Wednesday, July 6, 2011

Congratulations to Cohort 4 on the Completion of Your Studies

Next week, the members of INQRI's fourth cohort of grantees will be presenting their findings during our annual meeting.  You can visit this blog on Tuesday to watch their presentations and submit questions to our teams. 
INQRI Cohort 4

"Nursing's Specific Contributions to Quality Palliative Care within the Context of Interdisciplinary Intensive Care Practice" - Oregon Health & Science University

Very little is known about the relationships between quality palliative nursing care delivered in intensive care units (ICUs) and patient and family outcomes and on how to measure and to improve these outcomes. The purpose of this investigator-initiated study was to examine nursing's specific contributions to quality palliative care provided to patients and their families in the ICU.
"Nursing Intervention to Facilitate Patient Activation for Improved Pain Self Management" - University of California, Davis
This experimental study evaluated an assessment-based counseling intervention to promote successful pain self-management in spine surgery patients. The team evaluated for Return On Investment by measuring outcomes (pain, function and depression) and value to the care delivery system as well as to patients. The team tracked costs to patients (care utilization over and above usual post-surgical care), costs of the intervention and opportunity costs.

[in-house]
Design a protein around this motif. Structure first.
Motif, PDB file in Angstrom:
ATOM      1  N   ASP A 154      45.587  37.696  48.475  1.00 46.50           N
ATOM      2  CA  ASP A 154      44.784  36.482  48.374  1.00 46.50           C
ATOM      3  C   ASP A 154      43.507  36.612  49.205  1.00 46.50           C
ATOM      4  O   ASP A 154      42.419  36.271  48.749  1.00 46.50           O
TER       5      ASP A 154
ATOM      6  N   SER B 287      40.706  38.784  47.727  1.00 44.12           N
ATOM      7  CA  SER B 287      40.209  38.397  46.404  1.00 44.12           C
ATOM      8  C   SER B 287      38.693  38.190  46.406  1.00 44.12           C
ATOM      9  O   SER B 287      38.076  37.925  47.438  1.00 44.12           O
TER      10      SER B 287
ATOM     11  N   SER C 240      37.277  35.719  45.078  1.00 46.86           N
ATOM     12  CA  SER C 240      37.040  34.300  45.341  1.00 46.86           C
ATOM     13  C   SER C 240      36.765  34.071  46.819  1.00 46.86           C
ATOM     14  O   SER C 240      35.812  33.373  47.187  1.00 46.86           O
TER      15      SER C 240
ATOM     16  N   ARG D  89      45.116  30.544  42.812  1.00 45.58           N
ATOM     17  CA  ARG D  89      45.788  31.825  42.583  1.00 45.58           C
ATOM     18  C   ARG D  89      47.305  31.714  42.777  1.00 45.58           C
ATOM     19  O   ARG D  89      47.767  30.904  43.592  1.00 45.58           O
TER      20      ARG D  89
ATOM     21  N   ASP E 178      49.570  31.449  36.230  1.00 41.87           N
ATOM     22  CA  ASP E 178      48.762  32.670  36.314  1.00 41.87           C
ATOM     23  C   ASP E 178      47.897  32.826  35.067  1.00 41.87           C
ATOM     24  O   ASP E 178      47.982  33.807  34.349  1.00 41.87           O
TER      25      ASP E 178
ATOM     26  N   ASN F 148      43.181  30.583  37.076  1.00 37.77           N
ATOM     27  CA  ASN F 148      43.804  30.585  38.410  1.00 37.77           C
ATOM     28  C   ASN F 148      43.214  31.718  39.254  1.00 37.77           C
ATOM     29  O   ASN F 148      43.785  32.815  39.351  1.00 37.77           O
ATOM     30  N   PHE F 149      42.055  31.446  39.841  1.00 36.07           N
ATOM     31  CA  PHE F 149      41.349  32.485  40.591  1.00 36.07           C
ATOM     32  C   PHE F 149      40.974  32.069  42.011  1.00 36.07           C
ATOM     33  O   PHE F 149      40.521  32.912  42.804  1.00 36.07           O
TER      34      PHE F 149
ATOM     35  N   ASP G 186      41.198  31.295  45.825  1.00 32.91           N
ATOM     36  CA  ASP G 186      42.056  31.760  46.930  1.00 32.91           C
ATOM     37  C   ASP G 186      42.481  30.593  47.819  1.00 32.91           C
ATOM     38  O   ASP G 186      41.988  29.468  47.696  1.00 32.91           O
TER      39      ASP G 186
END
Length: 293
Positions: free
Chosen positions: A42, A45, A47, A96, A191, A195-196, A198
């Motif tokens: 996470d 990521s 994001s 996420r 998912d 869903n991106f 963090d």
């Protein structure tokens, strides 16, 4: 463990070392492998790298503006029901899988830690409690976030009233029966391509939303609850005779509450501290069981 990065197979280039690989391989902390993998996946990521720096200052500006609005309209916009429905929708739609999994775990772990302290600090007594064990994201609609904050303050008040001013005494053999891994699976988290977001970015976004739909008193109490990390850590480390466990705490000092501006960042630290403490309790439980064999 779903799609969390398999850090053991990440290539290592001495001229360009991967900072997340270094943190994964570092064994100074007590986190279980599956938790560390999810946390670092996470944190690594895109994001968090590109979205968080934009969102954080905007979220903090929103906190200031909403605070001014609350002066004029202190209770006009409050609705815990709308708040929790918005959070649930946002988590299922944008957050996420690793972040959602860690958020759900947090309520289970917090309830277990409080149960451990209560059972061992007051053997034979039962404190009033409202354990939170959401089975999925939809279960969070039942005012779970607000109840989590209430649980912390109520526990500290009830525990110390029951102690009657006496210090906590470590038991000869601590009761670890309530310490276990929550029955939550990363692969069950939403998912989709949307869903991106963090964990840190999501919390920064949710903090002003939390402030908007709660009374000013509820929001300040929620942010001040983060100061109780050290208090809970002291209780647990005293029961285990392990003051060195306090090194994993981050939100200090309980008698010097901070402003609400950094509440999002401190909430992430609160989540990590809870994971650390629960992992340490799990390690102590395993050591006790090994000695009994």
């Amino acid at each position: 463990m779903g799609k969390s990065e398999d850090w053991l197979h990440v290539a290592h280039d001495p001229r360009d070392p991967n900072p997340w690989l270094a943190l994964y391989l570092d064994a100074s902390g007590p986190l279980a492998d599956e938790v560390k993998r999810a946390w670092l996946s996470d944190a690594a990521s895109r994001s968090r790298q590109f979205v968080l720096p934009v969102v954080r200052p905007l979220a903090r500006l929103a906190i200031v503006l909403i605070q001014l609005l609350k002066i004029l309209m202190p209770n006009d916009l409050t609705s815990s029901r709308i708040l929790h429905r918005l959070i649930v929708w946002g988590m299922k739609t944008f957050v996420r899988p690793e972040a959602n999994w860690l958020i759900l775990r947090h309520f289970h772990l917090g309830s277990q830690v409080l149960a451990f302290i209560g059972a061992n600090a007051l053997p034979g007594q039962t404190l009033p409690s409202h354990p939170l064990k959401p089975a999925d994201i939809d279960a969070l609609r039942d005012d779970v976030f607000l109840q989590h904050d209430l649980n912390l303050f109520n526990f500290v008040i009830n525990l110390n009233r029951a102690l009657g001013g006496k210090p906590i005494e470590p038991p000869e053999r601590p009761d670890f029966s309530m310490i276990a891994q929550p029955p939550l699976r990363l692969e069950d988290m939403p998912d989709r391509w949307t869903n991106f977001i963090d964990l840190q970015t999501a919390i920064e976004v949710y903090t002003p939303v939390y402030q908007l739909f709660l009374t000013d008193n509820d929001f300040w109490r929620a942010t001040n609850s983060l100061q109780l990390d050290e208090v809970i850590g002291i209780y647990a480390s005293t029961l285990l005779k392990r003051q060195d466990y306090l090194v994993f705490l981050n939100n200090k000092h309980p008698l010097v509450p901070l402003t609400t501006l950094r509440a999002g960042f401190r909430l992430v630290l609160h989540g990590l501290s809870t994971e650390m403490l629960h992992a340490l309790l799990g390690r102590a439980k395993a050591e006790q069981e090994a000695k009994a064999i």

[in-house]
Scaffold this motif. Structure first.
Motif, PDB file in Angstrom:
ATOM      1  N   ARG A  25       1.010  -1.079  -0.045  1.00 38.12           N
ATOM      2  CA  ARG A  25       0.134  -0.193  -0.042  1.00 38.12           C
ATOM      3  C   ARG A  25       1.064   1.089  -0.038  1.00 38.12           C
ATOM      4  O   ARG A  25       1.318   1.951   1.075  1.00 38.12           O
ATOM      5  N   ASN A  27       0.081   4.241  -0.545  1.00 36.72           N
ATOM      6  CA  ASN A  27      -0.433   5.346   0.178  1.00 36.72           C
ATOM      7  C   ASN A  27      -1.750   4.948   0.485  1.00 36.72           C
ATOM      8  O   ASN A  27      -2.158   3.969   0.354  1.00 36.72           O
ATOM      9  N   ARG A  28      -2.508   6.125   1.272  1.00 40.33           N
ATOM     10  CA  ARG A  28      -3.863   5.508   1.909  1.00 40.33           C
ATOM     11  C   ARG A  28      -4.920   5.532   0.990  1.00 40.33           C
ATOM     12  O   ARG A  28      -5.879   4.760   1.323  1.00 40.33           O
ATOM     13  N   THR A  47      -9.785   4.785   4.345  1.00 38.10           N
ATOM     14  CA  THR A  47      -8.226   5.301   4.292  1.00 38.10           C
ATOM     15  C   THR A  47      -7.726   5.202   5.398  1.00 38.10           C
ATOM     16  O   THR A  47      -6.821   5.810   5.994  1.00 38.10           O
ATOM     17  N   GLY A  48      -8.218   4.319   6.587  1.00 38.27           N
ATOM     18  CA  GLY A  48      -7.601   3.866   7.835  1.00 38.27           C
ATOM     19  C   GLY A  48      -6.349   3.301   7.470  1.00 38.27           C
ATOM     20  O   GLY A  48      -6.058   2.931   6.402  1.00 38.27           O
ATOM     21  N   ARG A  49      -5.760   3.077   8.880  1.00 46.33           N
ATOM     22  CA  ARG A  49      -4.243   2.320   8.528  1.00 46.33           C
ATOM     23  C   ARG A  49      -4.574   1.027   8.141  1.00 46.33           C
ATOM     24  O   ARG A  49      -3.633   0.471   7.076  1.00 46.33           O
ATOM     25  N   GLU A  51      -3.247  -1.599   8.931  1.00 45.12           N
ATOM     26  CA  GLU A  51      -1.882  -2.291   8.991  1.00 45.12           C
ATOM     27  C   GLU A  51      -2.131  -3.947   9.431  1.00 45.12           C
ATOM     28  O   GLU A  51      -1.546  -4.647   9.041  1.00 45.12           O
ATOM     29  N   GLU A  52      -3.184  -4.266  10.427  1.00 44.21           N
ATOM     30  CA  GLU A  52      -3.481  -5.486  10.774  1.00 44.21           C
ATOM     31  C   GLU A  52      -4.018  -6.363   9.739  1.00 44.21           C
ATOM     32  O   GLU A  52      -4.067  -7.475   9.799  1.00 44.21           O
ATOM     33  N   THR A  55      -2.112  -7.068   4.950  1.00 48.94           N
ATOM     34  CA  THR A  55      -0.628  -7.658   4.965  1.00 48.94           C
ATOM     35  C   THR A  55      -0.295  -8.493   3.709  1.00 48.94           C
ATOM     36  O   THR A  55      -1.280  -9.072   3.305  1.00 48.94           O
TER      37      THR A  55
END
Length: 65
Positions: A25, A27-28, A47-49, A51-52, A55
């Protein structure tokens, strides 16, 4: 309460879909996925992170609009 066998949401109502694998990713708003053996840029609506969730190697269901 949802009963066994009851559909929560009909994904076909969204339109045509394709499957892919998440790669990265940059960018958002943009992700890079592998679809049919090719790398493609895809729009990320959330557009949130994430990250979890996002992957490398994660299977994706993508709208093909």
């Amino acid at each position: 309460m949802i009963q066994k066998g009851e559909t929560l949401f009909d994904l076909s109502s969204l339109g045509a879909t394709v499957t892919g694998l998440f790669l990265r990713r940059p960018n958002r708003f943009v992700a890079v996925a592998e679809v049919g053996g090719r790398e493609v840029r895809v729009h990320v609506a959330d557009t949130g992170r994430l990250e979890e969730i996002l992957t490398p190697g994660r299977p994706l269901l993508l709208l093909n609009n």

"Interdisciplinary Mobility Team Approach to Reduction of Facility-Acquired Pressure Ulcers" - University of Cincinnati

This nurse-led interdisciplinary research team developed a sustainable, system-wide program for pressure ulcer prevention that enhances mobility of long-term care residents. The primary goal, under nursing's leadership, was to reduce LTC facility-acquired pressure ulcer incidence by 50% using a cost-effective innovative program to increase resident active or passive movement.

"SPEACS 2: Improving Patient Communication and Quality Outcomes in the ICU" - University of Pittsburgh

This project examined the value of a nurse-generated and nurse-led innovation by testing the impact of a computer-based nurse communication training and materials program (SPEACS-2) on patient care outcomes: nursing care quality (coma-free days, physical restraint use, pain symptom management, pressure ulcers, patient/family satisfaction with communication), clinical outcomes(ventilator-free days, ICU/hospital days discharge disposition) and cost. The interdisciplinary research team from the University of Pittsburgh includes nurses, physicians, speech-language pathologists and biostatisticians.

"A Diabetes Prevention Program in the Community" - Yale University

This team conducted a randomized clinical trial to reduce the risk of type 2 diabetes (T2D) in at-risk adults with a diabetes prevention program provided by visiting nurses in subsidized housing units. They modified a research-based diabetes prevention program; evaluated the preliminary effects of the modified diabetes prevention program provided by visiting nurses; and explored the reach, adoption, implementation, and cost of a diabetes prevention program delivered by visiting nurses to residents in subsidized housing units.

As the teams present live to our guests in Princeton, our blog will host a YouTube video of them presenting to you. Simply visit our blog next Wednesday from 11:15am-12:15pmET and then again from 1:30pm-3:00pmET. You can enter questions in our comments section and we will make sure that the researchers answer.

Also, please follow our meeting conversation on Twitter with hashtag #inqri2011.

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